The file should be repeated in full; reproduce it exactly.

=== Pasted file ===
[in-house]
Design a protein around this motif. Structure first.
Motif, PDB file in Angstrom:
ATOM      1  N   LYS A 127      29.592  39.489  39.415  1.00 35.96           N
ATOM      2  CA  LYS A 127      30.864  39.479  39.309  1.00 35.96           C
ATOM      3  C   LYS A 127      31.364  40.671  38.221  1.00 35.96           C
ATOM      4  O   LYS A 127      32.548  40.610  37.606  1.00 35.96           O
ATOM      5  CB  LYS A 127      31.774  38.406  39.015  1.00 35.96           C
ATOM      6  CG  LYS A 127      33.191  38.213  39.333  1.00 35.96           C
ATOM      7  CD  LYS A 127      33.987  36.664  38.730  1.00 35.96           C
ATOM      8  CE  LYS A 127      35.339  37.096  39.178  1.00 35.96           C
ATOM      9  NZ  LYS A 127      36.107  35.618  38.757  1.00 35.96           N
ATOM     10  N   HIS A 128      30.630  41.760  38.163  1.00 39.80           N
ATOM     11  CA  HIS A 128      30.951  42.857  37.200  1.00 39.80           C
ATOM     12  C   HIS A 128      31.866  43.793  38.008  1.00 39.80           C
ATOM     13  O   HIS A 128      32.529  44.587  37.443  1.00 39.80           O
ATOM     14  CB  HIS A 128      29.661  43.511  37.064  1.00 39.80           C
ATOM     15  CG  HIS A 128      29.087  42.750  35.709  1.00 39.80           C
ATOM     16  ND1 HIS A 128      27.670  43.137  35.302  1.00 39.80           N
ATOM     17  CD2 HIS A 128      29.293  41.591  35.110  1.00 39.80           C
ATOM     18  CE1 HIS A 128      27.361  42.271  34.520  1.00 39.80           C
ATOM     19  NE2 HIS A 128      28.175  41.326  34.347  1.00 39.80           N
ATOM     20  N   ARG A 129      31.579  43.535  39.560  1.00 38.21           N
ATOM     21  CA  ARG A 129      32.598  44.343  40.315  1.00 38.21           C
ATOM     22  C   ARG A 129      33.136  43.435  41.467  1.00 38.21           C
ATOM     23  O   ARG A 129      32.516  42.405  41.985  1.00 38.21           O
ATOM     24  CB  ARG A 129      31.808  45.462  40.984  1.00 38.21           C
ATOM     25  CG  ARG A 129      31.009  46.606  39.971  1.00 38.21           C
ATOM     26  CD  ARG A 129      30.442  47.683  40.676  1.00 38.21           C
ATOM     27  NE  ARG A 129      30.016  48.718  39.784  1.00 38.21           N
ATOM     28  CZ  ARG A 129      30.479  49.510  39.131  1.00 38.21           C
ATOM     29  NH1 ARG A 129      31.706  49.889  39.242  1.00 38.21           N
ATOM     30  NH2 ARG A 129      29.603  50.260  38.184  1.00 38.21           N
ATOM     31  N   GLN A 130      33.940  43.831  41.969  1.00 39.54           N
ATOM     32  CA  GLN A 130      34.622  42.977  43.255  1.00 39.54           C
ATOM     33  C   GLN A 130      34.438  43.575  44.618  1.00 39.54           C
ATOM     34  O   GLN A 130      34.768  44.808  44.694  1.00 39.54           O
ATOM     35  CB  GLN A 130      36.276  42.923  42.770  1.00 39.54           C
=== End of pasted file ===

[in-house]
Design a protein around this motif. Structure first.
Motif, PDB file in Angstrom:
ATOM      1  N   LYS A 127      29.592  39.489  39.415  1.00 35.96           N
ATOM      2  CA  LYS A 127      30.864  39.479  39.309  1.00 35.96           C
ATOM      3  C   LYS A 127      31.364  40.671  38.221  1.00 35.96           C
ATOM      4  O   LYS A 127      32.548  40.610  37.606  1.00 35.96           O
ATOM      5  CB  LYS A 127      31.774  38.406  39.015  1.00 35.96           C
ATOM      6  CG  LYS A 127      33.191  38.213  39.333  1.00 35.96           C
ATOM      7  CD  LYS A 127      33.987  36.664  38.730  1.00 35.96           C
ATOM      8  CE  LYS A 127      35.339  37.096  39.178  1.00 35.96           C
ATOM      9  NZ  LYS A 127      36.107  35.618  38.757  1.00 35.96           N
ATOM     10  N   HIS A 128      30.630  41.760  38.163  1.00 39.80           N
ATOM     11  CA  HIS A 128      30.951  42.857  37.200  1.00 39.80           C
ATOM     12  C   HIS A 128      31.866  43.793  38.008  1.00 39.80           C
ATOM     13  O   HIS A 128      32.529  44.587  37.443  1.00 39.80           O
ATOM     14  CB  HIS A 128      29.661  43.511  37.064  1.00 39.80           C
ATOM     15  CG  HIS A 128      29.087  42.750  35.709  1.00 39.80           C
ATOM     16  ND1 HIS A 128      27.670  43.137  35.302  1.00 39.80           N
ATOM     17  CD2 HIS A 128      29.293  41.591  35.110  1.00 39.80           C
ATOM     18  CE1 HIS A 128      27.361  42.271  34.520  1.00 39.80           C
ATOM     19  NE2 HIS A 128      28.175  41.326  34.347  1.00 39.80           N
ATOM     20  N   ARG A 129      31.579  43.535  39.560  1.00 38.21           N
ATOM     21  CA  ARG A 129      32.598  44.343  40.315  1.00 38.21           C
ATOM     22  C   ARG A 129      33.136  43.435  41.467  1.00 38.21           C
ATOM     23  O   ARG A 129      32.516  42.405  41.985  1.00 38.21           O
ATOM     24  CB  ARG A 129      31.808  45.462  40.984  1.00 38.21           C
ATOM     25  CG  ARG A 129      31.009  46.606  39.971  1.00 38.21           C
ATOM     26  CD  ARG A 129      30.442  47.683  40.676  1.00 38.21           C
ATOM     27  NE  ARG A 129      30.016  48.718  39.784  1.00 38.21           N
ATOM     28  CZ  ARG A 129      30.479  49.510  39.131  1.00 38.21           C
ATOM     29  NH1 ARG A 129      31.706  49.889  39.242  1.00 38.21           N
ATOM     30  NH2 ARG A 129      29.603  50.260  38.184  1.00 38.21           N
ATOM     31  N   GLN A 130      33.940  43.831  41.969  1.00 39.54           N
ATOM     32  CA  GLN A 130      34.622  42.977  43.255  1.00 39.54           C
ATOM     33  C   GLN A 130      34.438  43.575  44.618  1.00 39.54           C
ATOM     34  O   GLN A 130      34.768  44.808  44.694  1.00 39.54           O
ATOM     35  CB  GLN A 130      36.276  42.923  42.770  1.00 39.54           C